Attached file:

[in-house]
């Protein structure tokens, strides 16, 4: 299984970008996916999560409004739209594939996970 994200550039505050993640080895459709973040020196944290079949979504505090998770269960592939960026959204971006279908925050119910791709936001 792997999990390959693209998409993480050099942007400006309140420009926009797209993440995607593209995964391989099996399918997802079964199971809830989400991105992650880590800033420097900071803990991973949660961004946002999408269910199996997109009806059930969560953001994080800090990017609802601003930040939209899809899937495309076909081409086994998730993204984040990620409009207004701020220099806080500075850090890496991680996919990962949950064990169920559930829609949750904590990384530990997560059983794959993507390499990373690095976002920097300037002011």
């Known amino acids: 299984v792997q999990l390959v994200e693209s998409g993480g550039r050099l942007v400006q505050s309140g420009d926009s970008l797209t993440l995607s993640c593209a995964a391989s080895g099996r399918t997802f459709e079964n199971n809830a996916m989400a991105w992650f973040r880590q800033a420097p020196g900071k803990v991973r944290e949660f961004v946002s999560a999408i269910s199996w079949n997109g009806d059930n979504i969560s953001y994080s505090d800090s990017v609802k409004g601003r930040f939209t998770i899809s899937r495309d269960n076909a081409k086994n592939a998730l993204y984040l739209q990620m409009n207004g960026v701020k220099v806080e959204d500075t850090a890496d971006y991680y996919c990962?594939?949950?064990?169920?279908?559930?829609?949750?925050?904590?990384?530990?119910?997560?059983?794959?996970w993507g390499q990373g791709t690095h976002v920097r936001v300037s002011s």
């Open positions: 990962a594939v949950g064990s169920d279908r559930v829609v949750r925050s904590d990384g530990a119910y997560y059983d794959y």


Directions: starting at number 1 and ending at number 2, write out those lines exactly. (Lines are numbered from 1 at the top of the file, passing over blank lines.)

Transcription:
[in-house]
């Protein structure tokens, strides 16, 4: 299984970008996916999560409004739209594939996970 994200550039505050993640080895459709973040020196944290079949979504505090998770269960592939960026959204971006279908925050119910791709936001 792997999990390959693209998409993480050099942007400006309140420009926009797209993440995607593209995964391989099996399918997802079964199971809830989400991105992650880590800033420097900071803990991973949660961004946002999408269910199996997109009806059930969560953001994080800090990017609802601003930040939209899809899937495309076909081409086994998730993204984040990620409009207004701020220099806080500075850090890496991680996919990962949950064990169920559930829609949750904590990384530990997560059983794959993507390499990373690095976002920097300037002011």